COVID Testing for the Workplace

Rob Beck, RN, COHC


Navigating regulatory requirements surrounding COVID-19 has became a full time job in many organizations. From tracking employee vaccination status to ensuring compliance with the ever changing landscape of requirements, COVID has been quite burdensome on employers and employees alike.


With the 6th Circuit Court of Appeals upholding OSHA's ETS, 1910.501, the landscape has just shifted once again. The Emergency Temporary Standard requires all employers with 100 or more employees to either:


1. Ensure their workforce is vaccinated from the COVID-19 virus

OR

2. Ensure that the unvaccinated segment of their workforce is tested on a weekly basis for the presence of COVID-19.


While this seems relatively simple on the surface, it is proving quite tricky for employers to get all of their pieces in place. Whether facing supply shortages regarding testing supplies, understanding the CLIA requirements associated with administering testing, or simply struggling to understand where the man hours to support testing will come from, many employers are scratching their heads.


Work-Comp Management Services represents some of the largest names in industry and have partnered with them to establish and produce best practice guidelines for high volume testing. Through this experience, here are some important points for employers to consider when planning for testing:


a. First, you must understand your workforce


In order to efficiently prepare for a COVID testing program that complies with the ETS, employers should begin immediately collecting data regarding the vaccination status of their employees. This may prove difficult with certain employees who value their medical privacy or those working in union environments. Partnering with the employee/workforce leaders and providing education regarding the ETS requirements can assist employers through this process.


When needed, an employer should be prepared to enforce a policy requiring the employee to provide vaccination status. If this is not realistic for your organization, "hold-outs", or those that refuse to provide vaccination status, may be placed into the testing protocol, as the employer would not be able to verify the vaccination status of the employee, and hence defer to an unvaccinated status.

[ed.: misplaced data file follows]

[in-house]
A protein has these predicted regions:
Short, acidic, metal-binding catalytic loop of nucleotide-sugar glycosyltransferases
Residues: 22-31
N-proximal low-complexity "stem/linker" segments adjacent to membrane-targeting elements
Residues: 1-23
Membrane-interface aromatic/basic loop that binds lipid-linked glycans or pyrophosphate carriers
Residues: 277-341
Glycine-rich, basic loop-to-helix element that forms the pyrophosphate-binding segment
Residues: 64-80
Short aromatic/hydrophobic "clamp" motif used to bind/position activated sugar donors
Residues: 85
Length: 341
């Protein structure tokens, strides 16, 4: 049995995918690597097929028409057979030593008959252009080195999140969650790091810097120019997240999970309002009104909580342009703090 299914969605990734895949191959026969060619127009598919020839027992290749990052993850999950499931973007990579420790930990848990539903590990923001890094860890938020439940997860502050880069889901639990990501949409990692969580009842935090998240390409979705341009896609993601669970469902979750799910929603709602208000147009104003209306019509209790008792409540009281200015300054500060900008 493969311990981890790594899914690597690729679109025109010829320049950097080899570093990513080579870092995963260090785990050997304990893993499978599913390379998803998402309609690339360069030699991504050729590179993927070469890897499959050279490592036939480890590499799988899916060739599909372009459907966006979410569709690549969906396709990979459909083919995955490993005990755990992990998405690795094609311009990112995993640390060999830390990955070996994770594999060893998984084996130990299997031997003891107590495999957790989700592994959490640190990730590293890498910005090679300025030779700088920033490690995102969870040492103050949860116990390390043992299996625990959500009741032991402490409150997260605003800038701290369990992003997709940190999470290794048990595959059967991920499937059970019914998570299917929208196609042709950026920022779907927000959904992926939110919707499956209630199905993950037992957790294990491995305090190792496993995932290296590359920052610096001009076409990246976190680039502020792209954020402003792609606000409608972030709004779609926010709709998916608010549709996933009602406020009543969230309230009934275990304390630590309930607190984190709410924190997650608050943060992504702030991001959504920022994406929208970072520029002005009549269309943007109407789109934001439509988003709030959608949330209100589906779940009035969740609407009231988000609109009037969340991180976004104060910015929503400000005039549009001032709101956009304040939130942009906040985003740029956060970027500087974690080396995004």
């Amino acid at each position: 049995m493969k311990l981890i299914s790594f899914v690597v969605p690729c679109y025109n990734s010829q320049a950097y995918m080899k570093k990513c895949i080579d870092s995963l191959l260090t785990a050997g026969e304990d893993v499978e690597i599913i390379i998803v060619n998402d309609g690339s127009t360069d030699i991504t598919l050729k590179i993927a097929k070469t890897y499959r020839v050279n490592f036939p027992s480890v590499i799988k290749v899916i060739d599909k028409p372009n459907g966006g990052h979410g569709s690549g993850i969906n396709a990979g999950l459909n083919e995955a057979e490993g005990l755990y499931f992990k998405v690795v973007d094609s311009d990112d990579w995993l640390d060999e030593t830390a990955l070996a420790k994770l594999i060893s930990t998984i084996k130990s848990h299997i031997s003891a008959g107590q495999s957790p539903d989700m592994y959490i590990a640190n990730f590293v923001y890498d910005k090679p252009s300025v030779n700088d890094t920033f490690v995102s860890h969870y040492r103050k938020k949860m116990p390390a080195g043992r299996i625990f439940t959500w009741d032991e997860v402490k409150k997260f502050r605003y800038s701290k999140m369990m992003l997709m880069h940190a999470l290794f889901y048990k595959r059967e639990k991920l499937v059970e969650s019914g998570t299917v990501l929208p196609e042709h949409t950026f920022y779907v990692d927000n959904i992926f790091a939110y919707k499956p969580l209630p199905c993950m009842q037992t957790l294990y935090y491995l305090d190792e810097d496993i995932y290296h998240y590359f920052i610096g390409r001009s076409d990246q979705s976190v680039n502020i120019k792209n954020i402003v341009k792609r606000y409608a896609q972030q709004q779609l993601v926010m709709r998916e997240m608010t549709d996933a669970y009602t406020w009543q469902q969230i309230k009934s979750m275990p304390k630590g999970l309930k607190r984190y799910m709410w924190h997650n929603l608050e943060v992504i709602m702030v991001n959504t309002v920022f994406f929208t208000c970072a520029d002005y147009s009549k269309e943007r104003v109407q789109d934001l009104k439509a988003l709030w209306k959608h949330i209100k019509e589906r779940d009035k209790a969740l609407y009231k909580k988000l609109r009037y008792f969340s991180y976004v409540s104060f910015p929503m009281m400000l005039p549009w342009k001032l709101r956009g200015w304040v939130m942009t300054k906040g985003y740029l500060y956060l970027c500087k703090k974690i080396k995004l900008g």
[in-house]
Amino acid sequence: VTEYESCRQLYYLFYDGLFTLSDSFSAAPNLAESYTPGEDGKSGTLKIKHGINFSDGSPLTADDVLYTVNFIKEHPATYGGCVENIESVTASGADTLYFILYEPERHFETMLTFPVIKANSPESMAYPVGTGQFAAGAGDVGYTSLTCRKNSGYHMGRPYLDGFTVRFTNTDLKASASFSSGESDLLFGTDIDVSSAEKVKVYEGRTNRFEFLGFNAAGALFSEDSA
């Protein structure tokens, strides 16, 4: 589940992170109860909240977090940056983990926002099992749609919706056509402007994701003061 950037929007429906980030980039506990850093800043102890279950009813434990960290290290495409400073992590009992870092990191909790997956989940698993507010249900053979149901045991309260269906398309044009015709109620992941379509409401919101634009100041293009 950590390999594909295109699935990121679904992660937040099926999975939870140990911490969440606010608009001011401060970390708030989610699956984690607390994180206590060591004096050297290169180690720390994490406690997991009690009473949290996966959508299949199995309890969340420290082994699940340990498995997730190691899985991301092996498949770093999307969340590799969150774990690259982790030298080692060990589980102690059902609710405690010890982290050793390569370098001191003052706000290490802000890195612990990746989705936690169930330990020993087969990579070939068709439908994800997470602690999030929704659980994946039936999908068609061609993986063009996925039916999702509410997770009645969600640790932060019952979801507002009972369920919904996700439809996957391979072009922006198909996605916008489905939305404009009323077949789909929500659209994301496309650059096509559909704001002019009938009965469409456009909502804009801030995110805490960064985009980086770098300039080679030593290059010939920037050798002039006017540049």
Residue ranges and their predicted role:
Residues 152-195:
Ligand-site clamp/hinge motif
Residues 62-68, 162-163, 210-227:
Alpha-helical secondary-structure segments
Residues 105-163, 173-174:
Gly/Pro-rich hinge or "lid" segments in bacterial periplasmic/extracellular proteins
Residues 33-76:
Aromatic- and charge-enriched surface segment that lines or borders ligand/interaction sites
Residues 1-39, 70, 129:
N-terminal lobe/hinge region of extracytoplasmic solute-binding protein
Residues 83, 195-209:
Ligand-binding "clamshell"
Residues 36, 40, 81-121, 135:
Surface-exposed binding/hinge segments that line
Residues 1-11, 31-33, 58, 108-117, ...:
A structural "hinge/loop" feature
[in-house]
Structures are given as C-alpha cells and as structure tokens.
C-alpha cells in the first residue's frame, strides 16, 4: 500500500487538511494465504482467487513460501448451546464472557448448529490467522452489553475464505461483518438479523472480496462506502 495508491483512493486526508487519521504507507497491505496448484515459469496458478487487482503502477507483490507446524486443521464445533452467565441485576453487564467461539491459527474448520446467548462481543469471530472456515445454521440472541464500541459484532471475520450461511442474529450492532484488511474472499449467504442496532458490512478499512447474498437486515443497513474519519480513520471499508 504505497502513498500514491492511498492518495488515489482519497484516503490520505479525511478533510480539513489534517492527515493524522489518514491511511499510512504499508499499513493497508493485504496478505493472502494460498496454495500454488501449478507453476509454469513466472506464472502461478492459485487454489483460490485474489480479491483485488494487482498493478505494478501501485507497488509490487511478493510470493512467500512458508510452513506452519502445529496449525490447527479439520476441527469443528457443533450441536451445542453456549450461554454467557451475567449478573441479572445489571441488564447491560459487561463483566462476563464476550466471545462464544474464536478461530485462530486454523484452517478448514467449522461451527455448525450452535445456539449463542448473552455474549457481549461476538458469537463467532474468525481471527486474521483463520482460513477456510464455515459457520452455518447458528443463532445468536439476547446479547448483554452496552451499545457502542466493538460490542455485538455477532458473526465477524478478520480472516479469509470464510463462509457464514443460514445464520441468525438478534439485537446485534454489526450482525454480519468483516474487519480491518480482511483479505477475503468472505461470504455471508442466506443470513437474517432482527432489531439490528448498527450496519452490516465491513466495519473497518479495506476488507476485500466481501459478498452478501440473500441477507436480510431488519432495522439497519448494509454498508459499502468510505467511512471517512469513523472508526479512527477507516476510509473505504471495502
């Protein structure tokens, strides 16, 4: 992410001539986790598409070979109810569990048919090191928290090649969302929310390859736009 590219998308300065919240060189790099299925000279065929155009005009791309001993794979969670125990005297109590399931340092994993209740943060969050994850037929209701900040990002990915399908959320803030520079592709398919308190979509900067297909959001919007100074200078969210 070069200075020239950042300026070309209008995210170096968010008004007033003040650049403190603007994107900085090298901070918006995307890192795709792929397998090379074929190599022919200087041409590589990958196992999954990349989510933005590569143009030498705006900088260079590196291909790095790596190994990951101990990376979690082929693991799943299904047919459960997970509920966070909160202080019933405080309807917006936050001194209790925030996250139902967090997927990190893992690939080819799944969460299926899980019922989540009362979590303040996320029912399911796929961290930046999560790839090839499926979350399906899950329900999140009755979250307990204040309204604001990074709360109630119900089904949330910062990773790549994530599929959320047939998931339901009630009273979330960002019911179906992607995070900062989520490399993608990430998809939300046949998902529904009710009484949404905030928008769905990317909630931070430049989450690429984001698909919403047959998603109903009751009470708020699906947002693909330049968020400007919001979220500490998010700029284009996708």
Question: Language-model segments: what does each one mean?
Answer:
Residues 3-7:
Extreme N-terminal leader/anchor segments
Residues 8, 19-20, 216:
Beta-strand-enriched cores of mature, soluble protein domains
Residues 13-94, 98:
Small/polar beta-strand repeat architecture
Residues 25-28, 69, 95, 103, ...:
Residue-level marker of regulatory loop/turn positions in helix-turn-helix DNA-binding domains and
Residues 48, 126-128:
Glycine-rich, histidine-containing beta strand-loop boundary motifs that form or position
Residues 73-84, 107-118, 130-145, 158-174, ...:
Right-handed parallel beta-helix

b. Secure your testing media


If you have not already, begin reaching out to your health related suppliers to inquire regarding availability and pricing of COVID testing supplies. Given the vastly broad scope of the ETS, testing supply availability may become scarce. The U.S. Government has indicated an impending massive order of testing supplies to be made available to the U.S. population, but it is not yet clear if these tests will satisfy any portion of the ETS, or if employers will be amongst those to whom tests are distributed.


c. Develop your written program


For those familiar with OSHA mandated programs, it stands to reason to develop a written program that your organization can follow. Take this opportunity to update your organizational prevention requirements, as well.


At a minimum, this written program should identify the organizations plan to comply with the ETS, including but not necessarily limited to:

  1. Employee groups excluded from the testing requirements (i.e. vaccinated)

  2. Employee groups included in the testing requirements (i.e. unvaccinated, status hold-outs)

  3. Where testing shall be performed

  4. The media required to perform the test (i.e. PCR, Rapid)

  5. External or internal CLIA compliant group to administer testing services

  6. Testing process

  7. Process for regulatory reporting

  8. Process for employee notifications

  9. Process for isolation/contact tracing for positive test results

  10. Process for employee refusal to participate in program

d. Understand privacy laws


Whether hiring a contracted partner or utilizing internal medical resources to administer testing, it is important to understand that the results of testing are subject to privacy laws. Employees may refuse to sign a release of information that enables the tester to release the test results back to the employer. In these situations, an organization must determine the next steps in accordance with their written plan but should also review internal and external employment policy/laws prior to rendering decisions. The ETS is expected to challenge certain aspects of labor law in various ways, so employers would do well to mitigate their risk with a thorough review, and involving counsel where needed.


e. Who will do your testing and how will they do it?


When considering implementation, it is important to have a detailed plan regarding who will perform the testing, whether that testing format complies with state and federal regulations (i.e. state practice acts, CLIA regulations, etc.), and where the testing will occur. For smaller employers, it may be logical to refer employees to an off-site specimen collector. However, for medium to large size employers, sending employees off-site is neither practical nor cost effective.


This is where WCMS can help. We can provide your organization with comprehensive solutions that fulfill requirements from the point of care to regulatory reporting. Our teams are CLIA certified as collectors, mitigating your compliance risks. Service packages include full service, on-site staffing or session testing, which commits 2 hours per session to your organization. Multiple sessions can be bundled together in order to minimize impact to your organizational production. With a capacity of up to 200 employees per session, this is the most cost effective and highest bandwidth on-site testing platform.


WCMS stands ready to assist your organization with the development and implementation of these programs. Reach out to us today!